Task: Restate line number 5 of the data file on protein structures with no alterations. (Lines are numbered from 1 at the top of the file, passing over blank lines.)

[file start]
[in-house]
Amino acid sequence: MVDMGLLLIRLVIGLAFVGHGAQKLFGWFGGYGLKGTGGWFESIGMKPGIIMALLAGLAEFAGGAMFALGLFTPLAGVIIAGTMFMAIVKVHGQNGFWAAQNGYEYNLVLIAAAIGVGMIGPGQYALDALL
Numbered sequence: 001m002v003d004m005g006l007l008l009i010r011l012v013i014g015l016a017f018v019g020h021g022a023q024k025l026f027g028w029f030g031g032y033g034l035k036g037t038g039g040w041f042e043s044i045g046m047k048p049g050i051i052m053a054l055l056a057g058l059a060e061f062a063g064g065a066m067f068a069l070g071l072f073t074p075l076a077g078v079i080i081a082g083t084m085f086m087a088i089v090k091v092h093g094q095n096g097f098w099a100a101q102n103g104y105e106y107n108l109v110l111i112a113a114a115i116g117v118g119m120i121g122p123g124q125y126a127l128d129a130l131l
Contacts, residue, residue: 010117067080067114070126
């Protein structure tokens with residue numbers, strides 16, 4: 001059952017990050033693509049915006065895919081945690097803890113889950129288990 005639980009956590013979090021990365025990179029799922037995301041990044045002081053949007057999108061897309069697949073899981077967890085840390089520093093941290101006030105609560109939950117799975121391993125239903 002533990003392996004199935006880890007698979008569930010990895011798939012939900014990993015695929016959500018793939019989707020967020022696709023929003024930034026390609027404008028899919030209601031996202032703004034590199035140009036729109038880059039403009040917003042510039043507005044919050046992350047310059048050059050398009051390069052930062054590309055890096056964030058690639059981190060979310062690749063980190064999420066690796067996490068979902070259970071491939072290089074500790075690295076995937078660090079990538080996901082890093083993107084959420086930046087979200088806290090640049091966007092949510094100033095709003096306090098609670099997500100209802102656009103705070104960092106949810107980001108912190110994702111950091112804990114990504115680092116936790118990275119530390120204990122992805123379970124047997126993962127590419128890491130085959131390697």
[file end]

């Protein structure tokens with residue numbers, strides 16, 4: 001059952017990050033693509049915006065895919081945690097803890113889950129288990 005639980009956590013979090021990365025990179029799922037995301041990044045002081053949007057999108061897309069697949073899981077967890085840390089520093093941290101006030105609560109939950117799975121391993125239903 002533990003392996004199935006880890007698979008569930010990895011798939012939900014990993015695929016959500018793939019989707020967020022696709023929003024930034026390609027404008028899919030209601031996202032703004034590199035140009036729109038880059039403009040917003042510039043507005044919050046992350047310059048050059050398009051390069052930062054590309055890096056964030058690639059981190060979310062690749063980190064999420066690796067996490068979902070259970071491939072290089074500790075690295076995937078660090079990538080996901082890093083993107084959420086930046087979200088806290090640049091966007092949510094100033095709003096306090098609670099997500100209802102656009103705070104960092106949810107980001108912190110994702111950091112804990114990504115680092116936790118990275119530390120204990122992805123379970124047997126993962127590419128890491130085959131390697």